Peanut was aptly named, because when my parents got him, they said he was so tiny that he resembled a peanut. In fact, my dad said, it was cold when they got him, so he carried him out of the shelter under his jacket. Of course, I can only envision this, as Peanut arrived in my parents’ house five years before I even existed.

He was my dad’s dog, no doubt. He was his buddy. Dad would take him to “Potty Park,” which was actually Southport Park in Kenosha, Wisconsin, where Peanut would run free and wild through the open expanse of fields along the lakefront. I remember trips to “Potty Park” fondly. They were Sundy morning excursions, usually after Mass. We’d load up the station wagon and spend the afternoon at “Potty Park,” taking in the lakefront view and letting Peanut run free and enjoy the fresh air.

Peanut ate table scraps. Sure, we tried to feed him Alpo, but he mostly turned his nose up at it. He loved his Jerky Treats though. Ate ’em like candy.

Peanut lived a long life. He was 16 years old when we finally put him to sleep. He was very sick, and probably should have been put down much earlier. But my sister, who was only 11 at the time, didn’t understand any of this, and wouldn’t let my father put him down. By then Peanut was living in the basement, and had lost control of many of his abilities. It was awful. I will never let that happen to an animal again, ever.

When Peanut died, I saw my dad cry for the first time, ever. I’ll never forget it, and still remember it vividly. I thought we would never get another pet.

But then Cubby came along.

Three years after Peanut died, my sister and I got the itch to have another dog. We bugged our parents about it incessantly. Finally, after hearing our pleas one too many times, we began our exploration. First we visited the Humane Society. There were only a few pups there, and most of them were of breeds that would grow to be huge dogs. We didn’t want a huge dog. So we kept looking.

So we searched the newspaper. There we found an ad for Cocker Mix puppies. (The mix was with a Poodle. They were Cockapoos.) We called and visited the breeder. There, in the front yard of their home, was a huge cage with five black cocker mix puppies. They were absolutely adorable. I picked out one and my sister picked up another. They were tiny. Wriggly. Cute as all get-out. And the puppy breath was to die for. My puppy was all black except for a very faint white chest, just like Peanut. My sister’s puppy was black with white paws. We chose my puppy.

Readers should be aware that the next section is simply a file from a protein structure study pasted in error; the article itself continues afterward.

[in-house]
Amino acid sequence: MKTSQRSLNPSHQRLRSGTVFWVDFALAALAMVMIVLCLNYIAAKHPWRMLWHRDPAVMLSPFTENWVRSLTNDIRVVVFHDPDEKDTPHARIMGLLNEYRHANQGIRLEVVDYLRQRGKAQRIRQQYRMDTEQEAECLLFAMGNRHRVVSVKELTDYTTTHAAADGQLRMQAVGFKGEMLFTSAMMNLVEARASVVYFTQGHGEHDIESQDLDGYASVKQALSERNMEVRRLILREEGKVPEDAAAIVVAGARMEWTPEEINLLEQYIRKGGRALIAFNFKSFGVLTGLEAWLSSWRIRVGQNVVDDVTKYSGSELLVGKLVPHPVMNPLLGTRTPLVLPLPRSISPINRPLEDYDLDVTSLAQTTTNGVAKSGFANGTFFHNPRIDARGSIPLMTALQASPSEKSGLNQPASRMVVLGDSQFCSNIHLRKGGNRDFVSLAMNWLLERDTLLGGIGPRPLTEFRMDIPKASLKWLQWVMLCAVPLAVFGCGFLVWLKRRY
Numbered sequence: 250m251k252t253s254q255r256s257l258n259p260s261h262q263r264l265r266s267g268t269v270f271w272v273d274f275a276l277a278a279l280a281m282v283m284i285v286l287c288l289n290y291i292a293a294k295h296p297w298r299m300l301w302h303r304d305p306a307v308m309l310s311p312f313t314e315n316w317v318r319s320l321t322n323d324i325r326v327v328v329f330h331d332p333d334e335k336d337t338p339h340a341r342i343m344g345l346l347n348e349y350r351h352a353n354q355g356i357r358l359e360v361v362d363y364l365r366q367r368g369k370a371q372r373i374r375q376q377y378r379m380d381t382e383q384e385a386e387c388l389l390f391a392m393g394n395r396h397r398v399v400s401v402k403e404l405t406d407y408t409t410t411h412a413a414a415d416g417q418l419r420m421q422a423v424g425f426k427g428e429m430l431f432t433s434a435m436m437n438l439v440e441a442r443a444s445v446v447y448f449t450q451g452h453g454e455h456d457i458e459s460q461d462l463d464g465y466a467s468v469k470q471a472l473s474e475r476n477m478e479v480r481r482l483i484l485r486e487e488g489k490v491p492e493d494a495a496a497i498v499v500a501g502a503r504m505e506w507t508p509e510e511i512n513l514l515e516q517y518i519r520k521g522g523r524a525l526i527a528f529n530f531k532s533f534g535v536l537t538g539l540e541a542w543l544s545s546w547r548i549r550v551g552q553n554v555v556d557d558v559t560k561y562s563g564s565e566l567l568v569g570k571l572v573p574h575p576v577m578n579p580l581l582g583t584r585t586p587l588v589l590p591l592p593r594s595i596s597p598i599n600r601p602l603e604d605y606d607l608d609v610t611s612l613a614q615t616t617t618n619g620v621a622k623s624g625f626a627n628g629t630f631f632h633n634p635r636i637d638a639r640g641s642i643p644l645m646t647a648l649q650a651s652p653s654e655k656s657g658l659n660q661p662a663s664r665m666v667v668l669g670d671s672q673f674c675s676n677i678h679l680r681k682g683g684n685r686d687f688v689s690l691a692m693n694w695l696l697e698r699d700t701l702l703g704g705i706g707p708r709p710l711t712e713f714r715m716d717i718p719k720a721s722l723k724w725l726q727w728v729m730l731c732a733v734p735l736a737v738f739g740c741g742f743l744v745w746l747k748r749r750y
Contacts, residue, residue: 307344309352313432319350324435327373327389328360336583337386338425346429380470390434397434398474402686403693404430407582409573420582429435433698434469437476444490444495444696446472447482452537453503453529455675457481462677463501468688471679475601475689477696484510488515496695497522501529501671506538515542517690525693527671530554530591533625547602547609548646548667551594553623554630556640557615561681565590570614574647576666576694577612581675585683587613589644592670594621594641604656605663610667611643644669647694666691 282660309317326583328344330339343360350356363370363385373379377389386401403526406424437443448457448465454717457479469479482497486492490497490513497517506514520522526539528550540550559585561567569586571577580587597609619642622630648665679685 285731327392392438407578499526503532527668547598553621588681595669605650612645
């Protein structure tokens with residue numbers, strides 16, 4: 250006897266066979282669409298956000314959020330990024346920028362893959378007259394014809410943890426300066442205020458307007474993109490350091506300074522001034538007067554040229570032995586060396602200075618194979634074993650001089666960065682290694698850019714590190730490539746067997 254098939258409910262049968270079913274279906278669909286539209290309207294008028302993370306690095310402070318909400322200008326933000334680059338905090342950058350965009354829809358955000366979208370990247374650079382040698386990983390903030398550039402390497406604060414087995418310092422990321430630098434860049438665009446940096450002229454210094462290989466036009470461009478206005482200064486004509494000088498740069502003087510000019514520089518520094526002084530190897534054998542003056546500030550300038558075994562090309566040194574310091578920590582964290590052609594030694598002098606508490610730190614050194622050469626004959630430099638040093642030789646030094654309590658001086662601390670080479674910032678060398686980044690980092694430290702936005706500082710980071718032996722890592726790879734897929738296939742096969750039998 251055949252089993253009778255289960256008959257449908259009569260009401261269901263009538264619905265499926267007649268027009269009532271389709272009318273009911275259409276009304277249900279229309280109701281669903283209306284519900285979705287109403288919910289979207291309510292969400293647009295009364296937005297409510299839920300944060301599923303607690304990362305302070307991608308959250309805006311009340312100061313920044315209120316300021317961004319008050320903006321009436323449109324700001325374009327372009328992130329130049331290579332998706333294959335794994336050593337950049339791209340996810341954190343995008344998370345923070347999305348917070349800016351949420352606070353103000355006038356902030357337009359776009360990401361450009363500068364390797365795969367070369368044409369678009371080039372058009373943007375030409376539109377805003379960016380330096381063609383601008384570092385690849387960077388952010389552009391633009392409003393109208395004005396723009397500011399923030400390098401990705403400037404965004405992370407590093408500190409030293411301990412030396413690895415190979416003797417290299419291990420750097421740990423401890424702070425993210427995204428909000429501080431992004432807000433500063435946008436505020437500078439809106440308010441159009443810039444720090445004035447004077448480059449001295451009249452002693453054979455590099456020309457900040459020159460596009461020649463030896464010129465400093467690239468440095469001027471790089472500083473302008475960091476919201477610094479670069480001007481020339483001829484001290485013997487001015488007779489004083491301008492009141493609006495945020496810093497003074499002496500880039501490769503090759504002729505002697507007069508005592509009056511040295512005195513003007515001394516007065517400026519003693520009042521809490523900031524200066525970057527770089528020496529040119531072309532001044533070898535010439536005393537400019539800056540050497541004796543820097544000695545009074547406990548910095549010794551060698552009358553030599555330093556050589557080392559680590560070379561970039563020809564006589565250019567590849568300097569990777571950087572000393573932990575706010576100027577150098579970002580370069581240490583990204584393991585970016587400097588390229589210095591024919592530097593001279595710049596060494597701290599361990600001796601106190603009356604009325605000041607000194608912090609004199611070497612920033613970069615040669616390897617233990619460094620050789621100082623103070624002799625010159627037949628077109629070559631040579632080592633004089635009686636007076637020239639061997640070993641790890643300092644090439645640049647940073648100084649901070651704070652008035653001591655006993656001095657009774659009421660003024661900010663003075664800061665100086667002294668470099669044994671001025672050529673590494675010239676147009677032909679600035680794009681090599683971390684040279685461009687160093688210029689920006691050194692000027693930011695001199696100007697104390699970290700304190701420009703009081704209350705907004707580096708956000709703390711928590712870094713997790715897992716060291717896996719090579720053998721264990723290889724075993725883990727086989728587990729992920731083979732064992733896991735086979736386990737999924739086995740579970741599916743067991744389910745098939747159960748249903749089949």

We had nothing to take him home in, since we didn’t expect to take a puppy home right away. So we went home, got a box out of the basement, got an old (clean) rug, and then went to the pet store and got some supplies. Food, collar, leash, toys. And we went to get the puppy.

The first day home, the puppy immediately took a liking to my dad. And his toes. And his shoes. He was so tiny, he fit (and slept) in my dad’s old Army hat. We have pictures of that somewhere.

I named Cubby. We sat in our living room and had a family meeting on what to name him. Oreo was close to being a winner. But then I saw a Chicago Cubs newsletter in my dad’s magazine rack and I said, matter-of-factly, “How about ‘Cubby?'” The discussion was over.

Cubby was an absolute joy. Just the sweetest, most lovable dog I have ever known. He would cry when we would leave and go absolutely insane when we came home. I loved when we would pull into the driveway and his little head would appear between the drapes in the living room. He’d yelp and screech and run to the door and run circles around us when we’d open the door. What a way to be greeted home.

We had so many fun games that we played with Cubby. We taught him to crawl across the room, roll over, and turn a circle. That was probably the funniest of all. You would hold a treat high in the air, and by golly, the dog would spin around in a circle to catch the treat. He was such an acrobat.

Cubby got first place in Obedience School. But you’d never know it the way he’d selectively listen to you when you told him to come here, or get off the sofa. But nobody ever minded. He was so darn cute, you didn’t care.

His favorite treats were Pup-peronis. You could just say the word “Pup-peroni” and he would flip out. Other words like “Go for a walk?” and “Go for a ride?” would also induce a frenzied reaction.

He loved snow, and would play “Snowplow” all the time. His fur was so long and kinky that he would just be encased in snow on really snowy days. It would take a good dry towel to get him clean again.

We got Cubby in the summer of 1986. I was 15 years old.

I moved out in 1997. I was 26. Cubby was 11.